• Model: MeerKat C64BK2
  • Overall length (open) : 5.313 inches (135mm)
  • Length closed: 3.375 inches (86mm)
  • Blade length: 2 inches (51mm)
  • Blade thickness: .093 inch (2.5mm)
  • Cutting edge: 1.75 inches (44mm)
  • Blade shape: Modified leaf with fine, Reverse S cutting edge
  • Blade grind: Hollow ground
  • Blade steel: AUS-6
  • Handle material: FRN
  • Weight: 2.4 ounces (68 g)
  • Country of origin: Japan
  • MSRP: $30.65 (when last offered)

Regardless of shape, all Meerkat blades are made from Aichi AUS-6 stainless steel. AUS-6 is a medium quality Japanese steel often used in moderately priced knives. It is similar to American AISI 440A steel and offers a reasonable balance between toughness and edge holding. It has a relatively high tensile strength and is easily sharpened, but as a cutlery steel it is generally unexceptional. AUS-6 is typically hardened to Rockwell 55-58 HRC.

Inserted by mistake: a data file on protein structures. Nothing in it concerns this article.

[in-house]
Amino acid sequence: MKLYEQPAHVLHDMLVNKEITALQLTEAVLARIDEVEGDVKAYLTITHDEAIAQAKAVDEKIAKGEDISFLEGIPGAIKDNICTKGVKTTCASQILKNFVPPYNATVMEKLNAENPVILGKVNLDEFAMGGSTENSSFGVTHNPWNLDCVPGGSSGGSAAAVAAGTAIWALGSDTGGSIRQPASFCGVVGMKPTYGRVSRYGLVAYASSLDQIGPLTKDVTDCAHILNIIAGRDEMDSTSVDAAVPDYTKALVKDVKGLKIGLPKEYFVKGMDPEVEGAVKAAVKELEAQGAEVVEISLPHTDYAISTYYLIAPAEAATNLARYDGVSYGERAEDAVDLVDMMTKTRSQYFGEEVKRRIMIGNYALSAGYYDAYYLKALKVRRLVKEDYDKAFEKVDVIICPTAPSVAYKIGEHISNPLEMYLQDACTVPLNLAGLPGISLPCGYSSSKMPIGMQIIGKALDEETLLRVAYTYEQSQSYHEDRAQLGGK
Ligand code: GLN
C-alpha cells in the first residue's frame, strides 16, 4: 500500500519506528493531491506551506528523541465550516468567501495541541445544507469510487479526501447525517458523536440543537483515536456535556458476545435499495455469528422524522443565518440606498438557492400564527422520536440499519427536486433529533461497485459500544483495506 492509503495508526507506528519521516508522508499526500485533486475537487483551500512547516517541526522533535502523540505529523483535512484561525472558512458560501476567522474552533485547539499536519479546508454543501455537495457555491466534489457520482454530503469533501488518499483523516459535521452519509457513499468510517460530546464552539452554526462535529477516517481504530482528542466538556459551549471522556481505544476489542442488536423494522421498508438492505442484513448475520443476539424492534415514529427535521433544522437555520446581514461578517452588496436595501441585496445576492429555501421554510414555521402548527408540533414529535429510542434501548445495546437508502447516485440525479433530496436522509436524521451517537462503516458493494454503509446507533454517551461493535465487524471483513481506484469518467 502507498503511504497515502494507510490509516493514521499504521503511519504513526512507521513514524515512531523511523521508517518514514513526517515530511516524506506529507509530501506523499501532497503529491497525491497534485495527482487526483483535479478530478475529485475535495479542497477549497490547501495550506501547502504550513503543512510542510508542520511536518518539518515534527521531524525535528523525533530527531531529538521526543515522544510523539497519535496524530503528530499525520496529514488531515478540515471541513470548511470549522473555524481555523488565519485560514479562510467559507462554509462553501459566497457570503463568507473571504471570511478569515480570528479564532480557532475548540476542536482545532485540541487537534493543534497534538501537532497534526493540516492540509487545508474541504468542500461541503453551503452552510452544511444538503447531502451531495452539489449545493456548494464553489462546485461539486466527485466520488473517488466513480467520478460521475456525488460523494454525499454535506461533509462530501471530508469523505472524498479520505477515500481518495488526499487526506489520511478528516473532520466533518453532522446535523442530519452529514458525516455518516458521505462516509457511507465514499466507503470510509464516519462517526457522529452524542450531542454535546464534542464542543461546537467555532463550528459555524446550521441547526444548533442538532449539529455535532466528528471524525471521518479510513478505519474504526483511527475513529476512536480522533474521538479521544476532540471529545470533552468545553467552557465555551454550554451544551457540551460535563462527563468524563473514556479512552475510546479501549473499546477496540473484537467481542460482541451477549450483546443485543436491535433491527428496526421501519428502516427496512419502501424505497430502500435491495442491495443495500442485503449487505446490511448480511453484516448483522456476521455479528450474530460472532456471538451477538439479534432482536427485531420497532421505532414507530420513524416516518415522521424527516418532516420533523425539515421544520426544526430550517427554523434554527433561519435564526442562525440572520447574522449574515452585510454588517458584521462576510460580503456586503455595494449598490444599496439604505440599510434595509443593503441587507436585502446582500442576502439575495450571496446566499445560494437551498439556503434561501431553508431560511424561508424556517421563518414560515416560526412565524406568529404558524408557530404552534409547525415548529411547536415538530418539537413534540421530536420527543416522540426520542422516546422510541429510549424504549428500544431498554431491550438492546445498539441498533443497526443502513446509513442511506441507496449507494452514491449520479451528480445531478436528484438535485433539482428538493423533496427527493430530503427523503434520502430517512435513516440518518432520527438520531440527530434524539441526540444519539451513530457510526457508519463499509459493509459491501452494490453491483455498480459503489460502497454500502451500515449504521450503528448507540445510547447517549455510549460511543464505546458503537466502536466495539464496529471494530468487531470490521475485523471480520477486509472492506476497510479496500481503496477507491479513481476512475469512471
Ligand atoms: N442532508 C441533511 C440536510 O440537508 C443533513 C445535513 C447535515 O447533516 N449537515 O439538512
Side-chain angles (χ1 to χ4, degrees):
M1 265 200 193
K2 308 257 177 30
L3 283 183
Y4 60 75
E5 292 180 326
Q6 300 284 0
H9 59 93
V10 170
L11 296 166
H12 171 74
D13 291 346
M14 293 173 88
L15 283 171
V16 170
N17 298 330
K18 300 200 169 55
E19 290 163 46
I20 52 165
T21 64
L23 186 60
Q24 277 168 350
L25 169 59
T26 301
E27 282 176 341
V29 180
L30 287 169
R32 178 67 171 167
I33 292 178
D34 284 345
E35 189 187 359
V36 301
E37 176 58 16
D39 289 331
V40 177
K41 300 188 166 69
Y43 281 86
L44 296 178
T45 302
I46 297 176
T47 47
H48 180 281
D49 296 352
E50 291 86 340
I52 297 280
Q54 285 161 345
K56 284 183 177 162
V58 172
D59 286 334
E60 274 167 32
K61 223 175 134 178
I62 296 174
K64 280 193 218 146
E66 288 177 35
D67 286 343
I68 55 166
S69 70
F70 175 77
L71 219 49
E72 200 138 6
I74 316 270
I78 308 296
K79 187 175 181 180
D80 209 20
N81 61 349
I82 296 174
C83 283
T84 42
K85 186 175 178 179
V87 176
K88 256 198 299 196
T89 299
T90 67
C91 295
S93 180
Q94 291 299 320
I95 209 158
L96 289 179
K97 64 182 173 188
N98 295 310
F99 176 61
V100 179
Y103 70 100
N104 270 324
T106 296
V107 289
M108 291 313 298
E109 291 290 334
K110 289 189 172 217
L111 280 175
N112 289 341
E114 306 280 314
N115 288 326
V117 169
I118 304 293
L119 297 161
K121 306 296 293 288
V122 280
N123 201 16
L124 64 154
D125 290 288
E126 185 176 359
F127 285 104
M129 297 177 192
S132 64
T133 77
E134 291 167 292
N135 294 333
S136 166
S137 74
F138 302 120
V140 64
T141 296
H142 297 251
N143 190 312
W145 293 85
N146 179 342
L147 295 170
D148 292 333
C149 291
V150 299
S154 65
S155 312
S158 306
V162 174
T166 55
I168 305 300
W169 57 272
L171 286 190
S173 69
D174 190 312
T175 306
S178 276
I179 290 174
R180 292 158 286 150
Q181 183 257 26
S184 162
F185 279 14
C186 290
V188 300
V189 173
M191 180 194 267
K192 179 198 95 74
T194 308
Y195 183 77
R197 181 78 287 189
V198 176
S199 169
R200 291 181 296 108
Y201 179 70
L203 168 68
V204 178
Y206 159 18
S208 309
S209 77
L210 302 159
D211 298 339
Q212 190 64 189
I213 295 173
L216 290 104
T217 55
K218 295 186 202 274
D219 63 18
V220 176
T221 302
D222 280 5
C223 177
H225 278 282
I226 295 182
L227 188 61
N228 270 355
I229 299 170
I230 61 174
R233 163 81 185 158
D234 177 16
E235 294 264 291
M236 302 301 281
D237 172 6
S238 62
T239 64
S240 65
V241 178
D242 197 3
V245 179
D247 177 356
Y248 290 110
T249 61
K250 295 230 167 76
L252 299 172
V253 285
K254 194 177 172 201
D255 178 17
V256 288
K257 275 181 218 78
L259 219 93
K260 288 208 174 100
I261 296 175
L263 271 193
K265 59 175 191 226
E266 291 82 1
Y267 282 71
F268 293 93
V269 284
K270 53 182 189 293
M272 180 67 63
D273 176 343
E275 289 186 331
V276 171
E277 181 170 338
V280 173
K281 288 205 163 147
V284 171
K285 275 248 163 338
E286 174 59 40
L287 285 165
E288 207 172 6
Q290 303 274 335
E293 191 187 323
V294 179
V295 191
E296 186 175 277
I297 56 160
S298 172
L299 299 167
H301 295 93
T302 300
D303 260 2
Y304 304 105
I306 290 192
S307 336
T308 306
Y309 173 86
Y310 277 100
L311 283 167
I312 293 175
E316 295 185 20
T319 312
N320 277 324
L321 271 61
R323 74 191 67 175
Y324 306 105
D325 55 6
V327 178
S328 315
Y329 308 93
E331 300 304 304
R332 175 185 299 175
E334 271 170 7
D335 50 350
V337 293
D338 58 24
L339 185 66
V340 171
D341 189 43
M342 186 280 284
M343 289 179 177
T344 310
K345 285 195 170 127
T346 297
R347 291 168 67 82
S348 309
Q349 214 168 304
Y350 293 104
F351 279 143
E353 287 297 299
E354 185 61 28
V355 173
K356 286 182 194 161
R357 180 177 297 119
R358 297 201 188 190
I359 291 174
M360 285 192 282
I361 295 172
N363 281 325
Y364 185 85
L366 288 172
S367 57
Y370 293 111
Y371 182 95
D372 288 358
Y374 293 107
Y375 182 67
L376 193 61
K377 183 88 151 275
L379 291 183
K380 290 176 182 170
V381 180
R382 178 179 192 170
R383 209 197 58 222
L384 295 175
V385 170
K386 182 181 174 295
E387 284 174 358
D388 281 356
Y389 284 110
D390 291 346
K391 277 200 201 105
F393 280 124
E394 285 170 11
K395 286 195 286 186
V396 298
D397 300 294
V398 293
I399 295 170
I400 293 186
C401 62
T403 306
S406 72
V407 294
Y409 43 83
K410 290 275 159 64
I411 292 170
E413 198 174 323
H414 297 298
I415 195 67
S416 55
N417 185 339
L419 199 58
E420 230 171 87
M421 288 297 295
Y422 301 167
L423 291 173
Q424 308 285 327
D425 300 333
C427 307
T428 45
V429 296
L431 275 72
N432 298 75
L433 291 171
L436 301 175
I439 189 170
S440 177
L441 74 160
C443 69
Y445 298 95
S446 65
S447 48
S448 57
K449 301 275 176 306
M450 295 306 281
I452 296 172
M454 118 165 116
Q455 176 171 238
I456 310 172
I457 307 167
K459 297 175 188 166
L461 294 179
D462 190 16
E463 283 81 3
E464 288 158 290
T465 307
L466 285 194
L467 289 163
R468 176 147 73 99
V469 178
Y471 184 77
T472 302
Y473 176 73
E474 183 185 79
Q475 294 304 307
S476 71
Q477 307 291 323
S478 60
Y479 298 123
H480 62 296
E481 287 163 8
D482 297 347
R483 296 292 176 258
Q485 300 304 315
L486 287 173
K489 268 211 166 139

Interestingly, all Spyderco knives using the popular Aichi steels AUS-6, AUS-8 and AUS-10 (except the Delica4 and Endura training knives with edgeless, blunt tip blades) have been discontinued. AUS-6 competes with AISI 440A, while AUS-8 is comparable to AISI 440B and AUS-10 is roughly similar to AISI 440C.

The MeerKat's cutting bevel is factory sharpened at an angle of about 20-degrees. Like all Spyderco knives, it cuts well out of the box, shaving hair from my arm or curls from paper.

The MeerKat's handle is cunningly shaped for comfort and control when cutting, even though is it sufficiently thin for comfortable pocket carry (with the clip removed). It is surprisingly ergonomic with the blade open. A spine cusp (directly above the hole in the blade) provides a thumb rest and a finger cut-out directly behind the sharpened edge of the blade allows for a secure grip. There are subtle curves in the handle and divots in the scales that make the handle comfortable.